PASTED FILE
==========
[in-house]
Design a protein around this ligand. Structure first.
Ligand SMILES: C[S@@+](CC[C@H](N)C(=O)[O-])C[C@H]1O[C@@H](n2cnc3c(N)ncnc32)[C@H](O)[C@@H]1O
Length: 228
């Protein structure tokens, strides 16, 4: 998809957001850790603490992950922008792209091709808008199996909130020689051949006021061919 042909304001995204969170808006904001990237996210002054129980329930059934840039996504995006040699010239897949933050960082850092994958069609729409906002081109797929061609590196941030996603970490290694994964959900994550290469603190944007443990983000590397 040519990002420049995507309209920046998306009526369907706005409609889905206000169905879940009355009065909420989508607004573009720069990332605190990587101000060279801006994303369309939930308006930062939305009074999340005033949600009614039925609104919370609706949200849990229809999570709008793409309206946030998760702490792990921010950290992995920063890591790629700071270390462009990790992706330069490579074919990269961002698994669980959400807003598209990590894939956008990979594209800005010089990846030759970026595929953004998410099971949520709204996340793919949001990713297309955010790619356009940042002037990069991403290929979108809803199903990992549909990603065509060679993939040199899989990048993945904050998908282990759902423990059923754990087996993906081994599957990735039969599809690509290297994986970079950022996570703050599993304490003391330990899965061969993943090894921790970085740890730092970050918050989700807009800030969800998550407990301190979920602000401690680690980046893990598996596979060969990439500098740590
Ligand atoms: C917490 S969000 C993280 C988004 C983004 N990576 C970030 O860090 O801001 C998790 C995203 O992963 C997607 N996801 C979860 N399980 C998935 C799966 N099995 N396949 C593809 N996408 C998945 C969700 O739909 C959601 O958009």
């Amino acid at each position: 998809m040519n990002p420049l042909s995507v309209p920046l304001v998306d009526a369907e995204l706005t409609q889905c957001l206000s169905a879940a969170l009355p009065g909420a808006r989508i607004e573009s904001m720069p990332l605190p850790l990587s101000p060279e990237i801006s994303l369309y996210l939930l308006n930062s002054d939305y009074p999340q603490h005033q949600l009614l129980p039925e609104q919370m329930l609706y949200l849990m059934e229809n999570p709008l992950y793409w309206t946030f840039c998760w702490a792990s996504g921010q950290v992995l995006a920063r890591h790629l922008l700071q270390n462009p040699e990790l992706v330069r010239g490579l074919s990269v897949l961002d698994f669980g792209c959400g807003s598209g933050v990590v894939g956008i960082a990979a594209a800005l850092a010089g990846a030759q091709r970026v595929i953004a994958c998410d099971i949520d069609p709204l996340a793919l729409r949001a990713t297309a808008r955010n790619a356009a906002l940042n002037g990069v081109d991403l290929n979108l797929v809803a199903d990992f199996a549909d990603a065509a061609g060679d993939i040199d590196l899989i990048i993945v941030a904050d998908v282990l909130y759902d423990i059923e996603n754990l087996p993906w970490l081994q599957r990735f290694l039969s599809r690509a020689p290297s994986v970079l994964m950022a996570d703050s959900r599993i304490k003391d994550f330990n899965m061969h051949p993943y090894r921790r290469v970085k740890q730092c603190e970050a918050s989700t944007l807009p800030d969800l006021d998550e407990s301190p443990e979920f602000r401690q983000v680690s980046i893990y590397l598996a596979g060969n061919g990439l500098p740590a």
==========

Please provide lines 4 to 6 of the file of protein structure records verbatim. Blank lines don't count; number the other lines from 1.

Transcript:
Length: 228
């Protein structure tokens, strides 16, 4: 998809957001850790603490992950922008792209091709808008199996909130020689051949006021061919 042909304001995204969170808006904001990237996210002054129980329930059934840039996504995006040699010239897949933050960082850092994958069609729409906002081109797929061609590196941030996603970490290694994964959900994550290469603190944007443990983000590397 040519990002420049995507309209920046998306009526369907706005409609889905206000169905879940009355009065909420989508607004573009720069990332605190990587101000060279801006994303369309939930308006930062939305009074999340005033949600009614039925609104919370609706949200849990229809999570709008793409309206946030998760702490792990921010950290992995920063890591790629700071270390462009990790992706330069490579074919990269961002698994669980959400807003598209990590894939956008990979594209800005010089990846030759970026595929953004998410099971949520709204996340793919949001990713297309955010790619356009940042002037990069991403290929979108809803199903990992549909990603065509060679993939040199899989990048993945904050998908282990759902423990059923754990087996993906081994599957990735039969599809690509290297994986970079950022996570703050599993304490003391330990899965061969993943090894921790970085740890730092970050918050989700807009800030969800998550407990301190979920602000401690680690980046893990598996596979060969990439500098740590
Ligand atoms: C917490 S969000 C993280 C988004 C983004 N990576 C970030 O860090 O801001 C998790 C995203 O992963 C997607 N996801 C979860 N399980 C998935 C799966 N099995 N396949 C593809 N996408 C998945 C969700 O739909 C959601 O958009």